SAFL faculty, staff, and students
Tuesday, October 3, 2017 - 3:30pm

Fiona Clubb, Postdoctoral Researcher, University of Edinburgh

Mountainous regions are ubiquitously dissected by river networks.  These networks are the main drivers by which climate and tectonic signals are transmitted to the rest of the landscape, and control the response timescale of the landscape to these external forcings.  Furthermore, river systems set the downslope boundary conditions for hillslope sediment transport, which controls landscape denudation.  Therefore, understanding the controls on the organisation and structure of river networks in upland landscapes is an important goal in Earth surface processes research.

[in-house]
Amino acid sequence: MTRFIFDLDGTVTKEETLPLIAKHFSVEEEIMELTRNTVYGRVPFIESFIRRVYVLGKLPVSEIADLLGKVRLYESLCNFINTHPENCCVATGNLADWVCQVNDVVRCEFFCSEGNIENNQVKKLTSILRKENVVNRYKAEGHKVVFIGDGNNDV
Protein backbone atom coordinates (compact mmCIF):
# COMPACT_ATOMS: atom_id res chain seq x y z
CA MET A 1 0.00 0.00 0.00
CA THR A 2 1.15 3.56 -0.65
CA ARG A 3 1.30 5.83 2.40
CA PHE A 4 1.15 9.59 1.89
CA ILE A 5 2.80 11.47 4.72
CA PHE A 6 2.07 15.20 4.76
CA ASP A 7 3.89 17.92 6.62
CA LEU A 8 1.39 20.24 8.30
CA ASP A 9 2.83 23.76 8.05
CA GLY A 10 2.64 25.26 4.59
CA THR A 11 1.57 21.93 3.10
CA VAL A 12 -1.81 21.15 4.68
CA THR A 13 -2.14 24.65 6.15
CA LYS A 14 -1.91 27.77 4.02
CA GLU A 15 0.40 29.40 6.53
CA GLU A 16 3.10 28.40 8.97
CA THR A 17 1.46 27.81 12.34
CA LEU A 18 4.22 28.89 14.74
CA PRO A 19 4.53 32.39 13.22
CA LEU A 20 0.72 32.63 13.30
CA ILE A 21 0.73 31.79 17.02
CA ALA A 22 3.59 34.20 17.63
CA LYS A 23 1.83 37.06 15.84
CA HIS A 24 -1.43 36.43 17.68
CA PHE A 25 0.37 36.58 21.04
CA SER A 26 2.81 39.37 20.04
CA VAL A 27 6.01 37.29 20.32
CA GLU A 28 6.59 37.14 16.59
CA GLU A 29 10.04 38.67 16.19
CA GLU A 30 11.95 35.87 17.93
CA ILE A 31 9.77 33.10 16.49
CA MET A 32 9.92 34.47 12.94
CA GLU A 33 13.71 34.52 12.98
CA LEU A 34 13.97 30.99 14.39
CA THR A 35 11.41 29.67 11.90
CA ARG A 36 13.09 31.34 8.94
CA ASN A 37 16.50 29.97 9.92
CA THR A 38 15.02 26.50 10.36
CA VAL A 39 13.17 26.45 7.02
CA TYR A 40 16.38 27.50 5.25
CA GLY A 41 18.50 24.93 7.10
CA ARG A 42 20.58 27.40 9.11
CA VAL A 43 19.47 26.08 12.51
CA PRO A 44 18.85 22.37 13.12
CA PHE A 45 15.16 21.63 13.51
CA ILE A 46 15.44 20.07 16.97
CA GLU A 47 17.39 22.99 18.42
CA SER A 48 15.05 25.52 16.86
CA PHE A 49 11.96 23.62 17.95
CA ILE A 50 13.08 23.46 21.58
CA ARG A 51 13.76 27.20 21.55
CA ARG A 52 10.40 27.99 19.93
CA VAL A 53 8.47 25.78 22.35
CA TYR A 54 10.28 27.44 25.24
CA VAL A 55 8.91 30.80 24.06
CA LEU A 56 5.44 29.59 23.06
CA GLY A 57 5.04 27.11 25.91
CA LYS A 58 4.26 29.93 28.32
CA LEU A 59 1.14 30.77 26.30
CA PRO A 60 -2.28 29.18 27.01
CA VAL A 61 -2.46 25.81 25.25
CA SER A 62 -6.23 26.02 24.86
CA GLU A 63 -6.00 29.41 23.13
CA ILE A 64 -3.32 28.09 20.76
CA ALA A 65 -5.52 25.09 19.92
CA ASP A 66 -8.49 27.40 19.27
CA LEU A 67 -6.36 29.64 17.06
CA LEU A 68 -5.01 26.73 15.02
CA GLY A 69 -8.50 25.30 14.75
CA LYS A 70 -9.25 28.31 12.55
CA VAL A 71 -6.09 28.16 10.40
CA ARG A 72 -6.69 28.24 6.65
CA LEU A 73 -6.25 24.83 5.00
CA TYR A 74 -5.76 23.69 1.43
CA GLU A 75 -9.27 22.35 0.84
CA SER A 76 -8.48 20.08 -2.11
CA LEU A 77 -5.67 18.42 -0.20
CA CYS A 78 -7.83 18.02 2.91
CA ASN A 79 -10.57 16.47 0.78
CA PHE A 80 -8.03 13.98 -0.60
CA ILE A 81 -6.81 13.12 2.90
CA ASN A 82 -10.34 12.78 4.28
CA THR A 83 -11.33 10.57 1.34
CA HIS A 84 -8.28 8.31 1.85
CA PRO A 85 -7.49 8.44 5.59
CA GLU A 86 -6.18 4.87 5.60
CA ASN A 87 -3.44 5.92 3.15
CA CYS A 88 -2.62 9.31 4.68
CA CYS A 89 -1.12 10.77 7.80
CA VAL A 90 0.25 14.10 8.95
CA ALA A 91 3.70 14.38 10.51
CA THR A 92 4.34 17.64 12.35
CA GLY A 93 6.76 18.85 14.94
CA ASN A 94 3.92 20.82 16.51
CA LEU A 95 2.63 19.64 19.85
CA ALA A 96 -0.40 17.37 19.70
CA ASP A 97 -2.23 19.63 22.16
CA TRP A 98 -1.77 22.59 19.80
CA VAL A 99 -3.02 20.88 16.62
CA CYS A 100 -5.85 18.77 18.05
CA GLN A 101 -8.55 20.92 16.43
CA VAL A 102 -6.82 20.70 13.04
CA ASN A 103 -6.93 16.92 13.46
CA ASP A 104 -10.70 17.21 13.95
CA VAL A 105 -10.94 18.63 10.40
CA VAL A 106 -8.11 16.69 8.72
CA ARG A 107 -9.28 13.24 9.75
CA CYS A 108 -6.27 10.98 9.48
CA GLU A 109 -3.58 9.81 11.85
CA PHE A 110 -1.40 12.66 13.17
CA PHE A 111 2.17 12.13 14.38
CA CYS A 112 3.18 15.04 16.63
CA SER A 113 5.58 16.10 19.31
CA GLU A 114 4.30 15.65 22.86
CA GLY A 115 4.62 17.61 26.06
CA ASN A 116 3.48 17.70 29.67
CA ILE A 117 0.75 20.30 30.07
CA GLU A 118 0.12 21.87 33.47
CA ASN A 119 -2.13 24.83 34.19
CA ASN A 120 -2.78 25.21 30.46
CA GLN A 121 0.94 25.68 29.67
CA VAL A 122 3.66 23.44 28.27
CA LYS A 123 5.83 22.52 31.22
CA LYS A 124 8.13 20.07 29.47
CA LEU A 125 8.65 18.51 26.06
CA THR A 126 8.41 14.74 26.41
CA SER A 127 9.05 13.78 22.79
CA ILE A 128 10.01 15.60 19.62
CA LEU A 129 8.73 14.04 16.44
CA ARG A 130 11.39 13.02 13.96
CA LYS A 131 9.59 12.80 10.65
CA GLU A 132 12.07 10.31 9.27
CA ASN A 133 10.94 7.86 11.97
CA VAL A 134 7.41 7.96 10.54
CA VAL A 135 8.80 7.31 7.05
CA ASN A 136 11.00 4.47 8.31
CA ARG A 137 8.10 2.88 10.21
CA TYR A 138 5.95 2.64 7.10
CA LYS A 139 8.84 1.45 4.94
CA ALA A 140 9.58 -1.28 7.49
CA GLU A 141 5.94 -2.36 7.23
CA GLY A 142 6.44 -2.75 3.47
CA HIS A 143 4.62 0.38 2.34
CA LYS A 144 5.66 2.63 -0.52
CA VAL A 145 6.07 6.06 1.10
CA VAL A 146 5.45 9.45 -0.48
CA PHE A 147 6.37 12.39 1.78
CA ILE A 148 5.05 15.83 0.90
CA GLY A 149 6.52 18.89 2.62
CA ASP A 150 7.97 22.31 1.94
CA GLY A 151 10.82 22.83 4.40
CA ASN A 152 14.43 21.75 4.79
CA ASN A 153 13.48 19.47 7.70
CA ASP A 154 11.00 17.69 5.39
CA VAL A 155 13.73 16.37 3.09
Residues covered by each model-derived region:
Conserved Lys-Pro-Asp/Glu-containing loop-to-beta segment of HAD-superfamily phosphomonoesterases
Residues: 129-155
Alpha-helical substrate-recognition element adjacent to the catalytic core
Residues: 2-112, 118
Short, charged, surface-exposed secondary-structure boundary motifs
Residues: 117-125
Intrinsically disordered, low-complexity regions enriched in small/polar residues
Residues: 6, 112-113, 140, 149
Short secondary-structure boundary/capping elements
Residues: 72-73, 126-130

The recent introduction of high-resolution topographic data, such as airborne lidar data, has revolutionised our ability to extract information from the topography, providing new opportunities for linking geomorphic process with landscape form.  In this talk, I will present novel methods of identifying and quantifying fluvial networks from high-resolution topographic data. I then use these methods to explore links between channel network density and erosion rate, which I use to explore different models of long-term landscape evolution.